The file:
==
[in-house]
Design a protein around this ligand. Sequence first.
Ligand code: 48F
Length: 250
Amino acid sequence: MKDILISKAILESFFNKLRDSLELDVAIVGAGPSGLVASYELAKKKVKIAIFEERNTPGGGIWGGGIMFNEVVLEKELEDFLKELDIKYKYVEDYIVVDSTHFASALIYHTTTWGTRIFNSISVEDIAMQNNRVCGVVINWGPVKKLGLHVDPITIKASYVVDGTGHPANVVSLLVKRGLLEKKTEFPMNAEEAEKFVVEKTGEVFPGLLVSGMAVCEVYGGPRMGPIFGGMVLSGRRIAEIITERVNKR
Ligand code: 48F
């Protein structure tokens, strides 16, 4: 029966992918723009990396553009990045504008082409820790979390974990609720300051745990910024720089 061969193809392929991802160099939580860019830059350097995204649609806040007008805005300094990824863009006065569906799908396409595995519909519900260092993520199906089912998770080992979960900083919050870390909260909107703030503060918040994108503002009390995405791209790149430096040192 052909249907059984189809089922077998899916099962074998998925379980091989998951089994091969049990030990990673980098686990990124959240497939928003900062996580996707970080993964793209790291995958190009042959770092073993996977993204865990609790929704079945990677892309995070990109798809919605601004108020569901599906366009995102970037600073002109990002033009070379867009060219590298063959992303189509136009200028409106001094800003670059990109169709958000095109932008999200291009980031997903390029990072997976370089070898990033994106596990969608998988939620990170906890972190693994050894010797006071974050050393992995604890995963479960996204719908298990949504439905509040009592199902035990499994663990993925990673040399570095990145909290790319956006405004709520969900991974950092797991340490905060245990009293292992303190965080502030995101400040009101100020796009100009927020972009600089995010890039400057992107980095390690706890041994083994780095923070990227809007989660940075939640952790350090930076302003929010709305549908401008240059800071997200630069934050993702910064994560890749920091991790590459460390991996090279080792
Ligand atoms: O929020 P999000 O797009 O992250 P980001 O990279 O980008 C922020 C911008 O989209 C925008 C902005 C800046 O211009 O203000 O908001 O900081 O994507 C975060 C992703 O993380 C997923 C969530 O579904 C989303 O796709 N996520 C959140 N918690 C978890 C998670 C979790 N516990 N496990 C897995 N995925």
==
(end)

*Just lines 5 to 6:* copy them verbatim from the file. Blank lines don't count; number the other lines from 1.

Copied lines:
Amino acid sequence: MKDILISKAILESFFNKLRDSLELDVAIVGAGPSGLVASYELAKKKVKIAIFEERNTPGGGIWGGGIMFNEVVLEKELEDFLKELDIKYKYVEDYIVVDSTHFASALIYHTTTWGTRIFNSISVEDIAMQNNRVCGVVINWGPVKKLGLHVDPITIKASYVVDGTGHPANVVSLLVKRGLLEKKTEFPMNAEEAEKFVVEKTGEVFPGLLVSGMAVCEVYGGPRMGPIFGGMVLSGRRIAEIITERVNKR
Ligand code: 48F